4. I deny the divinity of Christ.

And I might add, I kill babies in their cribs and I push old ladies down stairwells.

Thank you, Jon.

David Green


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Response to Dr. Birks

Response to Dr. Birks

by Sam Frost on September 10, 2009[edit]

The Last Enemy “being destroyed”: A Response to Dr. Kelly Birks

This paper will be brief in that I will utilize three standard works on I Co 15.26.  First, a string of translations:

ESV: “The last enemy to be destroyed is death.”

MRD: “The last enemy that shall be destroyed is death.”

DRA: “And the enemy, death, shall be destroyed last.”

These translations reflect the overall decisions of the VSS (versions).  Note that “to be” is infinitive, and “shall” or “will” is future.  The Greek, however, is “ἔσχατος ἐχθρὸς καταργεῖται ὁ θάνατος.  Here, “last enemy is being destroyed the death” (literally).   The word καταργεῖται (katargeitai) is declined as present, passive, indicative.

We turn first to The Corinthian Correspondence (Ed., R. Bieringer, Leuven University Press, 1996).  There, M.C. De Boer (“Resurrection Tradition in I Cor 15,20-28”) remarks that Paul “modified” Psalm 110 in order “to portray the risen Christ’s session at God’s right hand as a dynamic, apocalyptic process (over against the static, spatial conception of the Corinthians), whereby the inimical principalities and powers are being destroyed (καταργέω), culminating in the destruction of Death, the last enemy” (p. 648).  Further, “As the last enemy, death is being destroyed” (ibid.).  De Boer notes the tension (and controversy) over the fact that Paul used an aorist “he has subjected all things” in verse 27.  This would include Death.  Christ, already having been raised (perfect tense) has Death underneath Him, yet, at the same time, Death is to be destroyed at the parousia or “the end” when the dead are raised.  The resurrection of the dead signifies the ultimate defeat of Death.

De Boer notes Gordon Fee, and to his commentary we come to now (Gordon Fee, TNICNT, The First Epistle to the Corinthians – Eerdmans).  There we find, “The grammar of this sentence is somewhat puzzling….the sentence literally reads, “the last enemy is being destroyed, namely death.”  The difficulty lies with the present tense and the passive voice of the verb….in a sense death, the final enemy to be subdued, is already being destroyed through the resurrection of Christ….” (pp.756-757).  Both De Boer and Fee take “death” here as not only the principality or power, but also the manifestation of its power: physical demise on the individual who is also in Christ.  They picture the ultimate demise of Death with the arrival of the parousia and the complete end of physical death (in fulfillment to Rev 21.3, “There shall be no more the death”).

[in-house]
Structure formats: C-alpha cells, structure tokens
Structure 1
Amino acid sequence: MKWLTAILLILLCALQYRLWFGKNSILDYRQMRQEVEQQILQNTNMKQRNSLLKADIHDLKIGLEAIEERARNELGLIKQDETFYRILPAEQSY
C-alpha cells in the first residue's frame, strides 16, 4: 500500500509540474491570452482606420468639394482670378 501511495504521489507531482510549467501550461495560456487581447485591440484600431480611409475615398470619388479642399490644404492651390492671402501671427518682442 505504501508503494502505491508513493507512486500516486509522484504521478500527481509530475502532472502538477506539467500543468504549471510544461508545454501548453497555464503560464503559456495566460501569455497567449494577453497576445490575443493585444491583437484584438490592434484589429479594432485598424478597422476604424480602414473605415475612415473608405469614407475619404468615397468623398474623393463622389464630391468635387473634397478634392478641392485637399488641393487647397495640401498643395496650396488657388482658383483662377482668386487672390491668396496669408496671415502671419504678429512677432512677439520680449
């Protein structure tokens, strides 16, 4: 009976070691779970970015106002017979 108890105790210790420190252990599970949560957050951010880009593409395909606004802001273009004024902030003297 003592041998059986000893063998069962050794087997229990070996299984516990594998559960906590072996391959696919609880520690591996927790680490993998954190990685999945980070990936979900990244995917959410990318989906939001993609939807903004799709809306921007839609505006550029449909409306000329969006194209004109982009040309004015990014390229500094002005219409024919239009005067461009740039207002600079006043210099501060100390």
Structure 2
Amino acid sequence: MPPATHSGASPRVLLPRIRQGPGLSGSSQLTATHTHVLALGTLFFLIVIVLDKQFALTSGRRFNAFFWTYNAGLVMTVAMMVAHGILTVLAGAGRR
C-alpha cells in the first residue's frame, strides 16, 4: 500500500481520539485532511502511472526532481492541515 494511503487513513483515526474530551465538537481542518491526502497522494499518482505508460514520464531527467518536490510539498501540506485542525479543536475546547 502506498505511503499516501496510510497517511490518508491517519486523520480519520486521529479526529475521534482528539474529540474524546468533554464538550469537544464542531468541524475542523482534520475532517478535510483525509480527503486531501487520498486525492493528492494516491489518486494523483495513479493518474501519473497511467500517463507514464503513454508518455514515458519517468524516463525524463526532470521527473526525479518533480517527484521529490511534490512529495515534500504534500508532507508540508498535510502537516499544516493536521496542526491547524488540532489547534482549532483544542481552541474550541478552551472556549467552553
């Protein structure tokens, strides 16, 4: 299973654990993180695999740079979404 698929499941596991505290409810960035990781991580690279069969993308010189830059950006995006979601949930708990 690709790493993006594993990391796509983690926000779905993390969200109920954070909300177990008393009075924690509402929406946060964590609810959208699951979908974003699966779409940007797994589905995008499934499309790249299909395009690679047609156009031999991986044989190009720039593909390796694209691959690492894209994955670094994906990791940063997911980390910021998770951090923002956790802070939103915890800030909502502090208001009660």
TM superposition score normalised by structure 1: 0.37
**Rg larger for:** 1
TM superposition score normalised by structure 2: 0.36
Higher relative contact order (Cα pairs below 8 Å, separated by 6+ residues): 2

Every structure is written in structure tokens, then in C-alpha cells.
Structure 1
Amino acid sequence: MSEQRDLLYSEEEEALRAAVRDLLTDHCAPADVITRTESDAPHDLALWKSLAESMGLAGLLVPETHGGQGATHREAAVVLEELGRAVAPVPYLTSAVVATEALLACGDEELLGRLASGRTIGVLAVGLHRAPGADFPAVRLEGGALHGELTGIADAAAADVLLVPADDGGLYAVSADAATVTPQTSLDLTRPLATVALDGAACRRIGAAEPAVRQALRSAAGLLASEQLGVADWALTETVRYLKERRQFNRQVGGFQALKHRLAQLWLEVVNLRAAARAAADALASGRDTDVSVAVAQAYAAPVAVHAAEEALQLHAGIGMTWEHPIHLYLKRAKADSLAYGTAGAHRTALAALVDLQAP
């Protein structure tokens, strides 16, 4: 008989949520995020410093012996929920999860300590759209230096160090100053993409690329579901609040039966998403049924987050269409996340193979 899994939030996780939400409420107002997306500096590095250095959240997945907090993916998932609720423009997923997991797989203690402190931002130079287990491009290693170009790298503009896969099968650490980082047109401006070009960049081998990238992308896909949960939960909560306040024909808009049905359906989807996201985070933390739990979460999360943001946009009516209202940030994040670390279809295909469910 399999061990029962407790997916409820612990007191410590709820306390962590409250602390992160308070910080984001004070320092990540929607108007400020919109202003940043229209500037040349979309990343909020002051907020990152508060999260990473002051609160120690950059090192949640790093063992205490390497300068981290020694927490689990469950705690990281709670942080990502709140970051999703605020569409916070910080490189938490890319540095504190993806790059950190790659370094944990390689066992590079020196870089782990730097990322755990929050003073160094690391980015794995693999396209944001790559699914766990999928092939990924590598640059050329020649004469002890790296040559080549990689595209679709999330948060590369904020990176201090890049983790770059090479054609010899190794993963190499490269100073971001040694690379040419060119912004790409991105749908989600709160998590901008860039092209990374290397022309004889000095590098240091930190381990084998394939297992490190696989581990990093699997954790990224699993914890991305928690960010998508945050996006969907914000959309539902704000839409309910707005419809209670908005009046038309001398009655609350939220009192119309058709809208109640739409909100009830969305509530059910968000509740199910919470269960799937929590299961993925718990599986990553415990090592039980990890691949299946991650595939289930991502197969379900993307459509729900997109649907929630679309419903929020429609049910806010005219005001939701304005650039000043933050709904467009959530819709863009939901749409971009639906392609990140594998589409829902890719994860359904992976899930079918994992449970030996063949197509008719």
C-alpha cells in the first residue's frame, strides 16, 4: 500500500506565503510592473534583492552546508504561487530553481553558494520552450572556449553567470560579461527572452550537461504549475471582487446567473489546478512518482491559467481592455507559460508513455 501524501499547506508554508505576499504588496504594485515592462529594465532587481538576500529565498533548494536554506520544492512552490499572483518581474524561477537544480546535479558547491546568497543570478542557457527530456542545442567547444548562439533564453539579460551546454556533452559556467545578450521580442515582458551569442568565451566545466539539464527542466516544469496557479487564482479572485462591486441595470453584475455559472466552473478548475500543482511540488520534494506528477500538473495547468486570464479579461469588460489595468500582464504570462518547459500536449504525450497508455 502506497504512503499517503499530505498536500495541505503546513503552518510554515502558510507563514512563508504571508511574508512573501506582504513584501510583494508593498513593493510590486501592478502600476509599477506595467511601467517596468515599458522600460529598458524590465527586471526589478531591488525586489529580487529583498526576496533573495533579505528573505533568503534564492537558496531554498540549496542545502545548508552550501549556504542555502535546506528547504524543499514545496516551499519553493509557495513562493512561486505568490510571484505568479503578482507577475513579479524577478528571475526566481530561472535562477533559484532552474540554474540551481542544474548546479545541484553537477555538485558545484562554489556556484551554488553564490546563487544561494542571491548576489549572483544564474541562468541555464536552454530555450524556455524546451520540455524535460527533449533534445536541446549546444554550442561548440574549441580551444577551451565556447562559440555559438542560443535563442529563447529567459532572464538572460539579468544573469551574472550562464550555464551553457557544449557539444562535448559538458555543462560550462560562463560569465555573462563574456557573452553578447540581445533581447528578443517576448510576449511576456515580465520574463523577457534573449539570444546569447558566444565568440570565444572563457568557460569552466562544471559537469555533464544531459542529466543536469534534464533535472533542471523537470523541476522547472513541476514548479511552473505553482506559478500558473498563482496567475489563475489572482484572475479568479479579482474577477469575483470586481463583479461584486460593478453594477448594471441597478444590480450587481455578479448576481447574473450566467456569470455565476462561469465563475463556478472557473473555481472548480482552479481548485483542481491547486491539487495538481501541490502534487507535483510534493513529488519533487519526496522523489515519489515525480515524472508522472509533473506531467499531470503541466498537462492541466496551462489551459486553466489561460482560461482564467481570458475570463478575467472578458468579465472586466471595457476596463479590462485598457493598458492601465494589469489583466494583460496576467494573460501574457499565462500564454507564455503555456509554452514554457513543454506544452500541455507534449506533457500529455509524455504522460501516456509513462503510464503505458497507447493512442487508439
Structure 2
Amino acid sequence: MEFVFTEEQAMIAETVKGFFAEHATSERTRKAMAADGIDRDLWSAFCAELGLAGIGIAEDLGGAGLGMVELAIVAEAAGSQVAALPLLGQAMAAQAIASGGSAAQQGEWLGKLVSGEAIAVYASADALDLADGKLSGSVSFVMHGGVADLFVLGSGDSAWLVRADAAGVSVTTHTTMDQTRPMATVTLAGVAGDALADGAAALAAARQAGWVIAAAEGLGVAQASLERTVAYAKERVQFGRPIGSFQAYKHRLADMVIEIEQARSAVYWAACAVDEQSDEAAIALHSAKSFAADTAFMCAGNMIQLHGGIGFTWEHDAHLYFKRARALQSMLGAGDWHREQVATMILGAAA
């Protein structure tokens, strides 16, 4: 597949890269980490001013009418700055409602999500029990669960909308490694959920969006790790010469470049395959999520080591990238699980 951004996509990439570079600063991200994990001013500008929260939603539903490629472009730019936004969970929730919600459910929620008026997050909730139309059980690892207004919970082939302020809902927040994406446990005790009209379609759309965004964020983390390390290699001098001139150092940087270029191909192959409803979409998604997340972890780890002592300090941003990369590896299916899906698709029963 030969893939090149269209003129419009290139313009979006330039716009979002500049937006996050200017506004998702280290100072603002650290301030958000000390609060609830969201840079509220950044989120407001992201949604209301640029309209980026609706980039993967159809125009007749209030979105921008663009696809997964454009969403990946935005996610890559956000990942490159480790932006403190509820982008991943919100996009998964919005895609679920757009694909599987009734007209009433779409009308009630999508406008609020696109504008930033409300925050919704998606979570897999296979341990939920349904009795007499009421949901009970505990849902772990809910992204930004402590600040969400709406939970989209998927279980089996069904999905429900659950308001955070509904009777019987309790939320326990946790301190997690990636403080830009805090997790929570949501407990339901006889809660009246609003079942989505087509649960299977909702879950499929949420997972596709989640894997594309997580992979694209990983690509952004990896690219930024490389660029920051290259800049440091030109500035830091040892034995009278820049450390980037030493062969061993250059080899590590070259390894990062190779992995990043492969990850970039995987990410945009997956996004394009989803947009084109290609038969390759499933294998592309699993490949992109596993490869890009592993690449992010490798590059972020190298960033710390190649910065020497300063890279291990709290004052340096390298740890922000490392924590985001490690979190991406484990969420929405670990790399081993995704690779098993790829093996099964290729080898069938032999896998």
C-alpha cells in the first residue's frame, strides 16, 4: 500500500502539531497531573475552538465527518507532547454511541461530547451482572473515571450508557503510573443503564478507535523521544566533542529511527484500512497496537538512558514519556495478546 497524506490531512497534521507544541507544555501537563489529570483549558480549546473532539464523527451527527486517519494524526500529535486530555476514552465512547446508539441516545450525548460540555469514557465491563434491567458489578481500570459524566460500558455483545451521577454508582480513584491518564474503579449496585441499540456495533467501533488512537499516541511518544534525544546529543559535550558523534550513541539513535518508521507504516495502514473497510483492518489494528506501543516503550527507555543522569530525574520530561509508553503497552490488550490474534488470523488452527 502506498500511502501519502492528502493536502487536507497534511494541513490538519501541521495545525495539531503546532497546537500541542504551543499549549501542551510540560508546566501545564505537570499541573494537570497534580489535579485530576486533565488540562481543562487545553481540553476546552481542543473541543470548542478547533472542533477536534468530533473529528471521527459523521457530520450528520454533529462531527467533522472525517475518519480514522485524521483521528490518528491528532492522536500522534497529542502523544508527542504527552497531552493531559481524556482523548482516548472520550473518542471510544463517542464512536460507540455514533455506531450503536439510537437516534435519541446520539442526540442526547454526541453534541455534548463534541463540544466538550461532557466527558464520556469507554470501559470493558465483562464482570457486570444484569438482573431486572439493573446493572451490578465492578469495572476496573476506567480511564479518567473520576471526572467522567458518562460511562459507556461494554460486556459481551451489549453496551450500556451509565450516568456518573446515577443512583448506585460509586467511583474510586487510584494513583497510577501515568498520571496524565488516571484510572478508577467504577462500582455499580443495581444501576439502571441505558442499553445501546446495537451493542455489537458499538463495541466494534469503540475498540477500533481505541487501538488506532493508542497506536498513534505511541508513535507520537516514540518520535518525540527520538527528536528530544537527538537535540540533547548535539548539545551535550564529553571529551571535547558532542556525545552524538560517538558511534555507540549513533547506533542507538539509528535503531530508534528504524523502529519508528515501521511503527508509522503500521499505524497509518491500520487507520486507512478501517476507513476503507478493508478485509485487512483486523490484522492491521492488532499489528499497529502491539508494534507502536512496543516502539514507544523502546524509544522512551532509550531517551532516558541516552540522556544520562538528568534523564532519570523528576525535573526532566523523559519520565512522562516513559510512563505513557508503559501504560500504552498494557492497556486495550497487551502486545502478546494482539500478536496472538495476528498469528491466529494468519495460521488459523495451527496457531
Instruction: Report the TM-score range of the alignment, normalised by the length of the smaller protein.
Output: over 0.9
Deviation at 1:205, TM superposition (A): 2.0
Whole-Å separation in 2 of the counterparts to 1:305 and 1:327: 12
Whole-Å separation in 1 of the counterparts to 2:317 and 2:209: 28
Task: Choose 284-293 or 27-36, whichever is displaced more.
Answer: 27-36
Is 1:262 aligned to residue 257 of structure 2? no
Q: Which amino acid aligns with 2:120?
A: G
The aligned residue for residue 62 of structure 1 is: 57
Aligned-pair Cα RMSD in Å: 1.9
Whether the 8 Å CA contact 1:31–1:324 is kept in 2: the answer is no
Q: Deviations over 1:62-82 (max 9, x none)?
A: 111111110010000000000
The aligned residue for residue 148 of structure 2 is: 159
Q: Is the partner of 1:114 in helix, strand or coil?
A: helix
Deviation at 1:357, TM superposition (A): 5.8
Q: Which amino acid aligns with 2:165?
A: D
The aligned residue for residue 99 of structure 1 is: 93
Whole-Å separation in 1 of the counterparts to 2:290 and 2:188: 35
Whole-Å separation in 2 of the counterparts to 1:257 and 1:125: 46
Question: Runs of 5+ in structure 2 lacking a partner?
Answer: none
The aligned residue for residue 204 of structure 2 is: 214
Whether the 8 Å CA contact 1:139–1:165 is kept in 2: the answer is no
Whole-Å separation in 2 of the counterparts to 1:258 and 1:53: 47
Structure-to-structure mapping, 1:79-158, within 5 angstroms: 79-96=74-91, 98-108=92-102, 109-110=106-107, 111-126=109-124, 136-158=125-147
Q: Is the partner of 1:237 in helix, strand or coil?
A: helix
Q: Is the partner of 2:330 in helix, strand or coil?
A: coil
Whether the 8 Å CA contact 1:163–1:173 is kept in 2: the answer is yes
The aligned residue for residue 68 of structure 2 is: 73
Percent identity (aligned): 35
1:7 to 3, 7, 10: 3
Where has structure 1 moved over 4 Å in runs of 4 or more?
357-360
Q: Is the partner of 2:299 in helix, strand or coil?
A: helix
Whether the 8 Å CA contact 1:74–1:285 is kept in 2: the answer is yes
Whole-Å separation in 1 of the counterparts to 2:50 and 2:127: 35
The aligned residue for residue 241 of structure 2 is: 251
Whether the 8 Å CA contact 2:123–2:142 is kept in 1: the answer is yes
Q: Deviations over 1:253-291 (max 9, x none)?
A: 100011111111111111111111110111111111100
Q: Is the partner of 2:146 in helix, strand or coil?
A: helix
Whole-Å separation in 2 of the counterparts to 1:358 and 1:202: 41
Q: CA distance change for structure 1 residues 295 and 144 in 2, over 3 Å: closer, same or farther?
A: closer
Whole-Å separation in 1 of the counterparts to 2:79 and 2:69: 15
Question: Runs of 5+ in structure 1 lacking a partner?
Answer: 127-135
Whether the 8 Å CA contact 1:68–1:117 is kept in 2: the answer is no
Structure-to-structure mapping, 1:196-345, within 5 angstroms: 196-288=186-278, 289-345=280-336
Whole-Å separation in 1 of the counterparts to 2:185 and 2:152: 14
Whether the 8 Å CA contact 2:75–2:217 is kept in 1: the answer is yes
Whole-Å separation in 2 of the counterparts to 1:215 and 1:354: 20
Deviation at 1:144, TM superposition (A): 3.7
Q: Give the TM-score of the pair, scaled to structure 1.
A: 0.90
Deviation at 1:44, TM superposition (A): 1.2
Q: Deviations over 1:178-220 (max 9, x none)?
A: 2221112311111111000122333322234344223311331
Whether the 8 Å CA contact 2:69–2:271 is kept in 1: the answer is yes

Fee is to be noted in that he says this is a “puzzling” verse.  Why puzzling?  If the argument were as straightforward as Birks makes it sound, there is no puzzle here at all.  But there is a puzzle.  On one hand, Christ has been risen from the dead, from the realm in which the “power of the death” has dominion over them.  It’s power, therefore, has “already” been broken.  Those in Christ are already “being made alive” as Paul stated elsewhere.  The dominion of Death can be pictured, thus, as “being destroyed.”  For these commentators, they rightly see that Death is not merely physical demise, but also a power.  As Preterists, we drop off the physical demise as part of the power.  We see “the Death and the Hades” on the same horse, the fourth horse of the apocalypse.  Sheol and Death are represented as powers.